London councils spend £30m on refurbishments

A room in the Richmond Council civic centre
Image caption Richmond Council said its £3.41m refurbishment project began in 2005

Councils in London have spent £29.8m refurbishing their offices over three years - including almost £500,000 upgrading toilets at one authority.

A BBC Freedom of Information request found Richmond Council spent the most, with a bill of £3.41m between 2008 and 2010.

Hounslow spent £2.9m, while Bromley spent £2.7m.

Lewisham, Enfield, Hillingdon, Barking and Dagenham, Islington, Ealing and Barnet councils were among the top 10 spenders.

Responding to the figures, Local Government Minister Bob Neill said the "age of vanity makeovers" was over.

"Whilst I recognise the need for councils to maintain their offices to a reasonable standard local authorities must exercise prudence," he said.

"The age of vanity makeovers and excess in local government is over.

"If councils cut out wasteful spending on refurbishments then they can protect frontline services."

Since 2008, councils have spent more than £29,845,200 on their town halls and civic centres.

Collectively, the councils also approved future refurbishment projects worth more than £2m, taking the total to £31,892,200.

Richmond Council, which expects to lose up to 300 jobs by 2014 following the government's spending review, said the refurbishment project began in 2005 and it was "not something entered into lightly or on a whim".

Toilet refurbishments figured prominently on several lists of work.

Enfield spent £491,320 on refurbishing toilets, Hounslow £414,000, Kingston £118,527, Hillingdon £75,000, while by contrast Southwark spent £10,000.

For Redbridge, leaking and overflowing bathrooms were a persistent problem with plumbers being called in 51 times in 2008 and 28 times in 2009.

Richmond Council spent £701,000 redoing the ground floor of its civic centre, £728,000 on the first floor and £1,981,000 on the second and third floors.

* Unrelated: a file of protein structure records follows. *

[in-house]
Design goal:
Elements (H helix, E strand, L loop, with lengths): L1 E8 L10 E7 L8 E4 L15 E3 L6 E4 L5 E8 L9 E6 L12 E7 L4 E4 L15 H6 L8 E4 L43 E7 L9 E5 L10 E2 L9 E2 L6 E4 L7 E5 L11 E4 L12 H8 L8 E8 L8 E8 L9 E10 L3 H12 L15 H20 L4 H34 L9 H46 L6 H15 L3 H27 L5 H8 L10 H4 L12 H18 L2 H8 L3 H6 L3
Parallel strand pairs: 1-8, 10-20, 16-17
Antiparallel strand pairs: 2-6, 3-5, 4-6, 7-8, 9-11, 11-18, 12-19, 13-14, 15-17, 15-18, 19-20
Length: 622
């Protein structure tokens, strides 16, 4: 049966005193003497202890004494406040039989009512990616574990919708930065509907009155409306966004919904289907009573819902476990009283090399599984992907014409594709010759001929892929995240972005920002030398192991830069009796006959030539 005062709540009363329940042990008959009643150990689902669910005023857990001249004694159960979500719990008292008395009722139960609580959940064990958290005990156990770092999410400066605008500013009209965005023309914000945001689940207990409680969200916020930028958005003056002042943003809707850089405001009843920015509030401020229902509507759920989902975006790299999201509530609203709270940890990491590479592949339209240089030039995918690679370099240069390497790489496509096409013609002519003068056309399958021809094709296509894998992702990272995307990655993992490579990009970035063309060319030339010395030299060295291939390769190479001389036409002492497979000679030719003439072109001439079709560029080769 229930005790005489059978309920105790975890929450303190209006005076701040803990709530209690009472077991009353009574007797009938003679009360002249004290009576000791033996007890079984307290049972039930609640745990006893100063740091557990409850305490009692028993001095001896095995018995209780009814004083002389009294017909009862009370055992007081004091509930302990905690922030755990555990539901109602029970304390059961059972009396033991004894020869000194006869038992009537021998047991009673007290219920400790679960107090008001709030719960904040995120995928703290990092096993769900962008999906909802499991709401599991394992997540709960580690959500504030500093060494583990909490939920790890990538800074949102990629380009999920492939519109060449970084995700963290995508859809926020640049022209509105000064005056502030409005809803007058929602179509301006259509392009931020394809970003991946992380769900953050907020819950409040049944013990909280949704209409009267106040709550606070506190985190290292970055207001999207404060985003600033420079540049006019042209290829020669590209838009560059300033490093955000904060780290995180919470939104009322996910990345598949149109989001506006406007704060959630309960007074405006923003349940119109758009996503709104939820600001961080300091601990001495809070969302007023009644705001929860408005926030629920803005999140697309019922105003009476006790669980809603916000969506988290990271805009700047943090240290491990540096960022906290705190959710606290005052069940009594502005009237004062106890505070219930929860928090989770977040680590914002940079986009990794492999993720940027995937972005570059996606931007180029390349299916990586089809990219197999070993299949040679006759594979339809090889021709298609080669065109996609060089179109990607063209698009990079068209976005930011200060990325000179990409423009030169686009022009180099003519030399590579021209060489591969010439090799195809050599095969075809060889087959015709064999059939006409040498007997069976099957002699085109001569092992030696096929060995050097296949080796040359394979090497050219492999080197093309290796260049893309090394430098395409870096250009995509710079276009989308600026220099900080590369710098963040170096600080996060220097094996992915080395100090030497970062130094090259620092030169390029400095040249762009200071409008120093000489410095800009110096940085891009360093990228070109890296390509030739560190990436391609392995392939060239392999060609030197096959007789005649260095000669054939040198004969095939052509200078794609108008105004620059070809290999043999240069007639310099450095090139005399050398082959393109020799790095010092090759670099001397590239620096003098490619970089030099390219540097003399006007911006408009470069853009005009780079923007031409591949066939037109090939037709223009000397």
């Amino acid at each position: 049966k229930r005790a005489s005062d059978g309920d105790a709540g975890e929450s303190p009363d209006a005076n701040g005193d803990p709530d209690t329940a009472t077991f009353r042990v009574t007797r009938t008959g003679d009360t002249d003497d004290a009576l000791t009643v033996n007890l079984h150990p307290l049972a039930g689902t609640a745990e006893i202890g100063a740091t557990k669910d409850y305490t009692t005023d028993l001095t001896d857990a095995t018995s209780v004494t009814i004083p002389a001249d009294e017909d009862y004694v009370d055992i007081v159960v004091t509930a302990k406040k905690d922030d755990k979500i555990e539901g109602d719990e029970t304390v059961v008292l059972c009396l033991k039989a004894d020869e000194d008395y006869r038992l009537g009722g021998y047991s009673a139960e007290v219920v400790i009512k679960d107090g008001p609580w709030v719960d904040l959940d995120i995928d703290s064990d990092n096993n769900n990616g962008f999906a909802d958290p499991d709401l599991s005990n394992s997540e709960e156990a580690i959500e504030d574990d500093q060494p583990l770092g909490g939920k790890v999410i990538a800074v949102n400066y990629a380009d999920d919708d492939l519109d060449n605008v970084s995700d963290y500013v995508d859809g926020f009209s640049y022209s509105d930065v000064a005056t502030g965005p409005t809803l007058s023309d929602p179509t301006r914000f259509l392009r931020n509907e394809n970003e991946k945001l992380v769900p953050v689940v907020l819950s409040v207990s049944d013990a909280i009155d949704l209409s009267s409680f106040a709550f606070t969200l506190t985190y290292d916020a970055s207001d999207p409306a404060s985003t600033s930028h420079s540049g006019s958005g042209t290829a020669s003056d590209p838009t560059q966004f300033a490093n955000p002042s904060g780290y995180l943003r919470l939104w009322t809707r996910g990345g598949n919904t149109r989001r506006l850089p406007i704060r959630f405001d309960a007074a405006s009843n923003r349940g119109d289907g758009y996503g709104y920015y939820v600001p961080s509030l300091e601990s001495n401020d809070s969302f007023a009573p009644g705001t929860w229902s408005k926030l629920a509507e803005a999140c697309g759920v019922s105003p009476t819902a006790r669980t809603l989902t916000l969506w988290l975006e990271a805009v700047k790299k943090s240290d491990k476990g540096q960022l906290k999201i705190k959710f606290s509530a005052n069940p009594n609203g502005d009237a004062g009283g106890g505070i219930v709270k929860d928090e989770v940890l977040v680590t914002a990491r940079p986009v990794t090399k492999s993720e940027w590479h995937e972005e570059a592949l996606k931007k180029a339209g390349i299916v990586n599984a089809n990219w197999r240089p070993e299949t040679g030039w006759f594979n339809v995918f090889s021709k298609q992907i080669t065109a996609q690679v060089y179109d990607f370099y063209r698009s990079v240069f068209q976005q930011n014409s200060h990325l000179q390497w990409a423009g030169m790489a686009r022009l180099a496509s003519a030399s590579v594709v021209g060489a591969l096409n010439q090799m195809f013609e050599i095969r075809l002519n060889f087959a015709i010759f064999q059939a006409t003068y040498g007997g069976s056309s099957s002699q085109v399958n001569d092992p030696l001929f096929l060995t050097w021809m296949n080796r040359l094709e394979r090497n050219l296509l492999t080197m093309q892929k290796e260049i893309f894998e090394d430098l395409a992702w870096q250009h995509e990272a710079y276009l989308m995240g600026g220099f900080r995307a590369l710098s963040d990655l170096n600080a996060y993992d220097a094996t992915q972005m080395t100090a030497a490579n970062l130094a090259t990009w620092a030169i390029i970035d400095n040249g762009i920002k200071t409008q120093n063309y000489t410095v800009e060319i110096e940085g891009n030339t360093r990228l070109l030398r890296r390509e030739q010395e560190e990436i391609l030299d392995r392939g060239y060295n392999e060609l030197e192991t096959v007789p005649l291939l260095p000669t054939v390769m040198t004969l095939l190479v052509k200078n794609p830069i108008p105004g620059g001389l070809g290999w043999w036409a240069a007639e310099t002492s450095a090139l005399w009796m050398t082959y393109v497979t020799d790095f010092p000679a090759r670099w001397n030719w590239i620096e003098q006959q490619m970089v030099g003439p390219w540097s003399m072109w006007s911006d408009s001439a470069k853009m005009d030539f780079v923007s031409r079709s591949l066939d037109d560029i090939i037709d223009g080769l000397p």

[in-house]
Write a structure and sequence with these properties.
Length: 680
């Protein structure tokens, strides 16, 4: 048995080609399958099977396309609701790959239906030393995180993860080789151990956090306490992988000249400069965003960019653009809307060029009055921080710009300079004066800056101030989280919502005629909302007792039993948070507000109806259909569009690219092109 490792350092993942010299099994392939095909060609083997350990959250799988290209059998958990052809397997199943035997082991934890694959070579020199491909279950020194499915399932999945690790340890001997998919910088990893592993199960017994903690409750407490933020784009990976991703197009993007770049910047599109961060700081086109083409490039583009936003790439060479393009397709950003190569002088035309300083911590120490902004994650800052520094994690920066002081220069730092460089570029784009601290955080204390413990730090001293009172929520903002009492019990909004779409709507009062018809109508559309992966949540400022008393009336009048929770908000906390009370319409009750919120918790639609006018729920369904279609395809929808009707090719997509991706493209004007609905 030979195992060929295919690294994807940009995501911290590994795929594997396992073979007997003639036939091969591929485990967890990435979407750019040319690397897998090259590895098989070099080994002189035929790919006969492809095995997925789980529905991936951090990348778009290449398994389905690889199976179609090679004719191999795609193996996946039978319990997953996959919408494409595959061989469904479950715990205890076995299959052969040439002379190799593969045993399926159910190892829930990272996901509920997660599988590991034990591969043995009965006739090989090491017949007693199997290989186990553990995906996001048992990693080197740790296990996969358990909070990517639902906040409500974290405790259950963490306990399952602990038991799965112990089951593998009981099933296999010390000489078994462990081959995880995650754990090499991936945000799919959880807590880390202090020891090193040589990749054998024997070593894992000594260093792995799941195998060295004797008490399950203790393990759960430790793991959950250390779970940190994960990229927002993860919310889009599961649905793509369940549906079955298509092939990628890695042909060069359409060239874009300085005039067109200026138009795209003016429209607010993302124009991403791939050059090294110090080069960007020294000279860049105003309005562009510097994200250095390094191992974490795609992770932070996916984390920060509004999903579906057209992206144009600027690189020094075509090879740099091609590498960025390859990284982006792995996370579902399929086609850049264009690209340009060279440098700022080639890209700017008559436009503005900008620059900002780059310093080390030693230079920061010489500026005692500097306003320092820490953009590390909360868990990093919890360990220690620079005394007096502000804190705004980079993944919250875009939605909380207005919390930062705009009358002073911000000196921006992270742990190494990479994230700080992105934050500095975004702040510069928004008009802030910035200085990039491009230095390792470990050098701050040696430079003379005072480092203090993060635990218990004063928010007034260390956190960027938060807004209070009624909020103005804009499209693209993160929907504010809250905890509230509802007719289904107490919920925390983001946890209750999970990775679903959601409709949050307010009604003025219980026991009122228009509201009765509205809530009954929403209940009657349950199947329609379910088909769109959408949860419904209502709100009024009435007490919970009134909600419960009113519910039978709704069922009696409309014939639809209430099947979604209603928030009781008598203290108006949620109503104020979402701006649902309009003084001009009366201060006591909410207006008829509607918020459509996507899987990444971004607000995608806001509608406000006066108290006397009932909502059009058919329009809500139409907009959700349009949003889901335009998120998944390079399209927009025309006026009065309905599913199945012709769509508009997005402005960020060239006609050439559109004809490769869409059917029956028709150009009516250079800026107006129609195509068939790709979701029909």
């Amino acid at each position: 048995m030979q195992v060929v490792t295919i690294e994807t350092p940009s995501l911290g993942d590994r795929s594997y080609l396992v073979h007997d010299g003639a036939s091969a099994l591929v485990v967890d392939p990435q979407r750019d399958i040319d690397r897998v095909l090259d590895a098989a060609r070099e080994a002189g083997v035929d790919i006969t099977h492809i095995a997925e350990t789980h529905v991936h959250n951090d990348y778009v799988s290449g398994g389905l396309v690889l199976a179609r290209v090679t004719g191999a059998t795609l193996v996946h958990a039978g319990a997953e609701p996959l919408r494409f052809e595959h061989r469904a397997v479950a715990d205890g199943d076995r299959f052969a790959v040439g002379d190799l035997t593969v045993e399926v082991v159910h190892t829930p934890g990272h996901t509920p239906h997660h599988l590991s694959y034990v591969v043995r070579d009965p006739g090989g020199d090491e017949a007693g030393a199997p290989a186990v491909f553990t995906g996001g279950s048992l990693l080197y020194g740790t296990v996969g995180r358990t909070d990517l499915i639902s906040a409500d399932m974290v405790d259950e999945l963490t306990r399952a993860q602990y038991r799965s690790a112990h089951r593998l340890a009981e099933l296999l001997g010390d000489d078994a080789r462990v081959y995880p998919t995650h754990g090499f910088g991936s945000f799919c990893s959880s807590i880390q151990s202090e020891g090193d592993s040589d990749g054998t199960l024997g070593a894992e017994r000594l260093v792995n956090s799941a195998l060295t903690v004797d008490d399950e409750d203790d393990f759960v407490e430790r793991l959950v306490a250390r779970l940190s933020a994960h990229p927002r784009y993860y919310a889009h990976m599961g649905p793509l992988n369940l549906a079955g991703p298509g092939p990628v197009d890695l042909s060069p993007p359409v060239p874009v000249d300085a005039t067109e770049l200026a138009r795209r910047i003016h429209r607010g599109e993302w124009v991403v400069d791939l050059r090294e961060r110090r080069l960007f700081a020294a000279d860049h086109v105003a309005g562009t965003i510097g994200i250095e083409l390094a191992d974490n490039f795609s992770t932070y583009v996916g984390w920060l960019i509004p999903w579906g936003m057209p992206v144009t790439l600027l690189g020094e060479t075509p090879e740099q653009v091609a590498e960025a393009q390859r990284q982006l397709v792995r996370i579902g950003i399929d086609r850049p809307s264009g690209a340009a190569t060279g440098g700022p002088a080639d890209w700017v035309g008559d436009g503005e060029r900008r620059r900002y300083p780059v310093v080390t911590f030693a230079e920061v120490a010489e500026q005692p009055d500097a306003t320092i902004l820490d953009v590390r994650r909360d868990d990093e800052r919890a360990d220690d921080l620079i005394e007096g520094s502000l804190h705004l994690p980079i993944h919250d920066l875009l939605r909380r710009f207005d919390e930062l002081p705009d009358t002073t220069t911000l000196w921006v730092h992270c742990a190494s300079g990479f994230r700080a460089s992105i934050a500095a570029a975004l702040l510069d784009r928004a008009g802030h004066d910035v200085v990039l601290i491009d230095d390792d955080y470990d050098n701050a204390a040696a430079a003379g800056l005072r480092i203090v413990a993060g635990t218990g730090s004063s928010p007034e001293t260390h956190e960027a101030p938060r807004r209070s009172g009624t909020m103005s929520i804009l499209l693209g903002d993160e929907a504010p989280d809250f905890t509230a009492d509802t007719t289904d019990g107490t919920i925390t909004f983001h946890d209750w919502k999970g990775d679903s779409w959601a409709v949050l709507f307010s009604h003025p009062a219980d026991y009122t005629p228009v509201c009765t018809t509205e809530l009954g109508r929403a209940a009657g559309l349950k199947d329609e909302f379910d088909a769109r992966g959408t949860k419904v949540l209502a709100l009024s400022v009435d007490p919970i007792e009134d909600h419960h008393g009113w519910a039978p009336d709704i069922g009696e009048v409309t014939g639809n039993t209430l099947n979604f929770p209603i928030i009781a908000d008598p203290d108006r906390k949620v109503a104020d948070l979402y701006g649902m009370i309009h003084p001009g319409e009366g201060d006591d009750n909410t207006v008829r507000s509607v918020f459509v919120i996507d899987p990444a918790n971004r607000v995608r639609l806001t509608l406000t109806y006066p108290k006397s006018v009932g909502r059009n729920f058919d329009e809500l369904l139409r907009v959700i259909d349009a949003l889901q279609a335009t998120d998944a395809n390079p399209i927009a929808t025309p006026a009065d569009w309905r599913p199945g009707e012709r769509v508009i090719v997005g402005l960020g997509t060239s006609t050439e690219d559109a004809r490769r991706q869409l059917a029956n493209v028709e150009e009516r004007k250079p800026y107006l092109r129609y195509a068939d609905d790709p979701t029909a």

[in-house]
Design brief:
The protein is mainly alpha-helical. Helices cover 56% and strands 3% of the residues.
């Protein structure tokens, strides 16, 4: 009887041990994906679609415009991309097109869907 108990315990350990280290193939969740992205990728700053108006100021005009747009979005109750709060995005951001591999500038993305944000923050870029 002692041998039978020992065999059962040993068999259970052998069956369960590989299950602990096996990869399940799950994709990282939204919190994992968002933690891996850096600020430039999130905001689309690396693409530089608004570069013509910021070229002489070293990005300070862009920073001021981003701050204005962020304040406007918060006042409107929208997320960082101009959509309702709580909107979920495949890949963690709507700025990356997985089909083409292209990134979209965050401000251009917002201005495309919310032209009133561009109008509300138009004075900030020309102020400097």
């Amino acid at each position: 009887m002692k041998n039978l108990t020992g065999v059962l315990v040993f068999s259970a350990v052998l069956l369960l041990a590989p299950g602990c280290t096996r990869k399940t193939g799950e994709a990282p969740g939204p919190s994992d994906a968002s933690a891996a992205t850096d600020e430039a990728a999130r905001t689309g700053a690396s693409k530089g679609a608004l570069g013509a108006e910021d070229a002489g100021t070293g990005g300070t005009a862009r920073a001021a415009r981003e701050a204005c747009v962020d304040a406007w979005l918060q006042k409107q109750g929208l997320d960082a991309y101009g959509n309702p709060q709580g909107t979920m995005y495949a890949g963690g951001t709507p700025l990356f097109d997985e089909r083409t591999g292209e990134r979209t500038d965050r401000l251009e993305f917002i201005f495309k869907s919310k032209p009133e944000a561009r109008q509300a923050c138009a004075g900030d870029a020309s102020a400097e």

The council said it aimed to save £35m per annum by 2014.

Image caption Barking and Dagenham spent £2m on refurbishing three floors in its Town Hall

Councillor Tony Arbour, cabinet member for performance, said: "This has enabled us to move out of office space in Regal House which the council was renting from a private landlord at cost of over £700,000 a year to the local taxpayer."

Hounslow Council spent £424,000 on a conference centre, £150,000 replacing carpets and £15,000 on the council leader's office.

A spokesman said the work "was and will remain absolutely necessary".

"There were not previously enough toilets in the building, coupled with the fact that existing facilities had not been refurbished in some 30 years," he said.

Bromley Council said its planned maintenance work was "higher than the norm because of programmed replacement of windows".

Reupholstering 'priority'

Barking and Dagenham spent more than £2m on refurbishing three floors, while Islington Council spent £1.4m on one assembly hall.

Merton spent £286,000 on furniture while Redbridge paid £85 for altering clocks from GMT to BST in 2009 - described as a maintenance cost.

Hillingdon Council spent £30,000 on reupholstering chairs in the council chambers. Members had identified the work as a "priority" as the poor condition of chairs was a "health and safety risk", the council said.

Hillingdon added it now hoped to reduce spending on future works by £180,000 as some plans had been postponed.

Charlotte Linacre, from the TaxPayers' Alliance, said: "It is appalling that London councils have spent millions of taxpayers' money on refurbishing their own buildings.

"What is even more disgraceful is that this spending was during a recession, when they were pleading poverty."

Bexley, Croydon and Newham councils said they did not spend any money on upgrading their offices.

But a previous BBC investigation found Newham Council spent £18.7m refurbishing its new back office.

Camden Council said it could not provide the required data as the BBC's request exceeded the cost limit.

More on this story

Related Internet links

The BBC is not responsible for the content of external Internet sites